By Paul Fitzgerald and Elizabeth Gould
The struggle between "socialist" Bernie Sanders and "New Democrat" Hillary Clinton points out an old conflict underlying the nature of Democratic Party politics which could be regarded as "the love that dare not speak its name."
That "love" is the Democratic Party's relationship with the "real" left of yesteryear, and what it represents to today's politically-fragmented Democratic Party. The real left, as in the "Communist" left and the Democratic Party, at one time had a lot in common. The American Communist Party's influence on programs such as Social Security, civil rights and taxing the rich worked its way so far into Franklin Roosevelt's White House that, by 1944, an angry Joseph P. Kennedy warned Roosevelt that, "They will write you down in history, if you don't get rid of them, as incompetent, and they will open the way for the Communist line."
That fearful threat, of course, never happened. Liberal intellectuals (with a lot of help from the CIA) circumvented the Communist line by inventing an artificial "left" of their own that, over time, successfully marginalized the real left and delegitimized it.
Democratic Party liberals fought the Communists to the bitter end in Vietnam and elsewhere, but by 1980 had so lost track of their own identity that they easily fell to Ronald Reagan's New Right.
The mass movement of the American people away from left-leaning democratic populism came as a profound shock to Democratic Party regulars exhausted from their struggles with the left. Vice President Walter Mondale's devastating 49 state defeat to Reagan in 1984 sealed the left's fate and, in 1985, the party was lobotomized of any left-sided ideology at all, merging with its intellectual other.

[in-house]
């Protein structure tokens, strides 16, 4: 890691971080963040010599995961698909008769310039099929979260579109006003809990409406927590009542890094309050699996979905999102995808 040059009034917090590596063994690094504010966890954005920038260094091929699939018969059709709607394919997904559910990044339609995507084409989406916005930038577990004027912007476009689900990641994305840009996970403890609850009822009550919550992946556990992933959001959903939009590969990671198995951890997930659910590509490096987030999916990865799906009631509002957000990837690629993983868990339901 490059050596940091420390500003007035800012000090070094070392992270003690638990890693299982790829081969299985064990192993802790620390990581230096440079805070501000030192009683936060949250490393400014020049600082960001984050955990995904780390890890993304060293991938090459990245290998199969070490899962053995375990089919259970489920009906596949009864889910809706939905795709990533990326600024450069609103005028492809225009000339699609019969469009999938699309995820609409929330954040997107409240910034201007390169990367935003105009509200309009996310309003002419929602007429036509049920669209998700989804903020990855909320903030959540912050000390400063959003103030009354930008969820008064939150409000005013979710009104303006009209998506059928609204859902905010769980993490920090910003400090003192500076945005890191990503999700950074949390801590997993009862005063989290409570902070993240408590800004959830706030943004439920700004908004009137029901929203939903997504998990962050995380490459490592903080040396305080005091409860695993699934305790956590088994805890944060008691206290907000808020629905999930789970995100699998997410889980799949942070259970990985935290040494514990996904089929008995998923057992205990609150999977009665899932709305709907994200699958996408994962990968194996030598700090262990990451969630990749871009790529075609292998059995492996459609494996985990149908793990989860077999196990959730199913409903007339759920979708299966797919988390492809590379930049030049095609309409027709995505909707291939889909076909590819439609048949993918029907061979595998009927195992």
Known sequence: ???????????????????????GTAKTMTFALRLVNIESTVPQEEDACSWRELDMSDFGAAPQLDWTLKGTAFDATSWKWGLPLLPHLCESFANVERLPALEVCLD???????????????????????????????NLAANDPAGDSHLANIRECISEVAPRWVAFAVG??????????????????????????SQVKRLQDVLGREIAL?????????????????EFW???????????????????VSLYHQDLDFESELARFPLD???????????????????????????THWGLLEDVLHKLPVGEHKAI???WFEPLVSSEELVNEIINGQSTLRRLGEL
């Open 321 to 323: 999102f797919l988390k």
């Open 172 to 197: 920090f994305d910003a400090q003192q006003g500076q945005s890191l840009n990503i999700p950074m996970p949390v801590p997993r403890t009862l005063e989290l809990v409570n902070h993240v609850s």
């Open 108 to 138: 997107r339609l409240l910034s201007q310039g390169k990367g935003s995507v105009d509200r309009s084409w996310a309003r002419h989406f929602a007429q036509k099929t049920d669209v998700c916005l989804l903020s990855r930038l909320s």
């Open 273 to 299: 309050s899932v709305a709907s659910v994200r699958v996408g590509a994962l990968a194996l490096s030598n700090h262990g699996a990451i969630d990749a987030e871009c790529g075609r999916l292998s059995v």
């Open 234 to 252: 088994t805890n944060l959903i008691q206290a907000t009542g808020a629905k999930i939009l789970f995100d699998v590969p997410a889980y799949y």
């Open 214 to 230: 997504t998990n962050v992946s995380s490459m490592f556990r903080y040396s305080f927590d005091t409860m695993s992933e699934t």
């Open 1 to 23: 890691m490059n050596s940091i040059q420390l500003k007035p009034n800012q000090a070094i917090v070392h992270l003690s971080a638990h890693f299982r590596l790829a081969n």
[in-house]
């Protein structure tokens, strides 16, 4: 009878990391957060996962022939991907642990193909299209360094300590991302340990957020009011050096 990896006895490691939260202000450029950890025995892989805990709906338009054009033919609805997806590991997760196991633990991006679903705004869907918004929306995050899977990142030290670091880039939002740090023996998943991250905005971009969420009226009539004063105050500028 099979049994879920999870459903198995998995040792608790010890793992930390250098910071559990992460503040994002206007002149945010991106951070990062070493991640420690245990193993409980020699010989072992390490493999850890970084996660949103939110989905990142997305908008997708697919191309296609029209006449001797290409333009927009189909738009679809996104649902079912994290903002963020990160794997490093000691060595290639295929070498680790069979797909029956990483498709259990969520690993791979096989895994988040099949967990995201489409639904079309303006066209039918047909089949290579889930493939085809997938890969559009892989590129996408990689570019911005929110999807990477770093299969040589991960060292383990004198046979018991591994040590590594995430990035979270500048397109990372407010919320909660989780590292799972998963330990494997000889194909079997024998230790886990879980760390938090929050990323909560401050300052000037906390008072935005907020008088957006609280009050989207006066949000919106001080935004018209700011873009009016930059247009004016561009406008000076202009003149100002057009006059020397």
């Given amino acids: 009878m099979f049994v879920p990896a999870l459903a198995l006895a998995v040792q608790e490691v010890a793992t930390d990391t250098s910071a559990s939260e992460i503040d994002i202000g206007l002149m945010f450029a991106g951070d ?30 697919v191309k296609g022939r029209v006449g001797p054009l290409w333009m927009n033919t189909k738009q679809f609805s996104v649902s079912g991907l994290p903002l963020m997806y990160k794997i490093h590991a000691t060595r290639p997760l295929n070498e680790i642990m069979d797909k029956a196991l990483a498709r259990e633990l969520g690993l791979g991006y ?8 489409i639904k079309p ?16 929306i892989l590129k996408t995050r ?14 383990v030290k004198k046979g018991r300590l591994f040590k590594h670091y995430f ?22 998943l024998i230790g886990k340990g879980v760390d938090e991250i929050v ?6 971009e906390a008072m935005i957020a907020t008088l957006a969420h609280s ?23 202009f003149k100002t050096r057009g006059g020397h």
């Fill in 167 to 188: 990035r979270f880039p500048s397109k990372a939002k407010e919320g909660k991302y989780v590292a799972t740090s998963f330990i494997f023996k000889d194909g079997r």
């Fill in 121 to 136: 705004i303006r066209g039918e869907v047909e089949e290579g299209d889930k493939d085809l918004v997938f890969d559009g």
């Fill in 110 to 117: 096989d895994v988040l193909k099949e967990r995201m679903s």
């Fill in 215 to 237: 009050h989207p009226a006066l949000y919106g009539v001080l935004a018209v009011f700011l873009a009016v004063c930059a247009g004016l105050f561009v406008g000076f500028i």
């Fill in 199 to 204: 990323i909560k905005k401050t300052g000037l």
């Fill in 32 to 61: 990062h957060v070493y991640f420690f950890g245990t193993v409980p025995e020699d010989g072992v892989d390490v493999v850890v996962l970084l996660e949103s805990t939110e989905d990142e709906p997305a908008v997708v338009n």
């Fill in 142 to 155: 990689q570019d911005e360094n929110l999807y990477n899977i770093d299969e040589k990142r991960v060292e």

The transformation came in the form of the Democratic Leadership Council, DLC a non-profit corporation whose goal was to the recast the old Democratic Party into a go-go pro-business conservative mold. From the start the DLC maintained a strong neo-conservative agenda, especially in foreign policy. Its selection of Bill Clinton as chairman in 1990 helped cement its acceptance with the general public but the split within the party grew even deeper. These "New Democrats" sold themselves as centrist reformers but behaved more like merchant bankers and, within a few years, ushered in a raft of privatizations, Wall Street giveaways, tough-on-crime laws, and deregulated trade rules that would rob the middle class and set a course toward financial ruin.
The New Democrats were quickly swapping tried and true Democratic Party values for tried and true Republican virtues, and within no time had banished the real "left" in anything but name from the political process.
Prior to the 1990s, old Democrats were careful to reconcile their rank and file with the "limousine liberals" who financed candidates and funded campaigns, but according to the author of Reinventing Democrats, Kenneth Baer, the DLC was now brazenly selling itself as an "elite organization [within the party] funded by elite-corporate and private-donors."
As a self-described socialist, Sanders' candidacy has clearly moved the New Democrat Hillary Clinton further to the real left than her Wall Street-friendly establishment supporters feel comfortable. Their discomfort with single-payer health care and the breaking up of Wall Street's big banks was thinly disguised in a recent New York Times endorsement of Clinton's nomination, which sought to dismiss Sanders' "socialist" policy ideas as simply unrealistic, while New Democrat Hillary Clinton's proposals are "very good, and achievable." Yet here, instead of assuring her bonafides as a genuine leader, the Times' endorsement only leaves readers wondering whether Hillary Clinton's "achievable proposals" aren't simply more of the same old hyped-up New Democrat chimeras that will disappear into thin air once the doors to the White House close behind her.
It is beyond doubt that Hillary Clinton will not change her expansionist internationalist views, no matter what she promises or delivers in terms of domestic social programs. Like all New Democrats, she demands a tough military response to virtually all of America's foreign policy problems, even after it has consistently proven to worsen America's security. But without demanding profound and permanent changes in America's neoconservative interventionist foreign policy, Bernie Sanders as President won't make any difference either.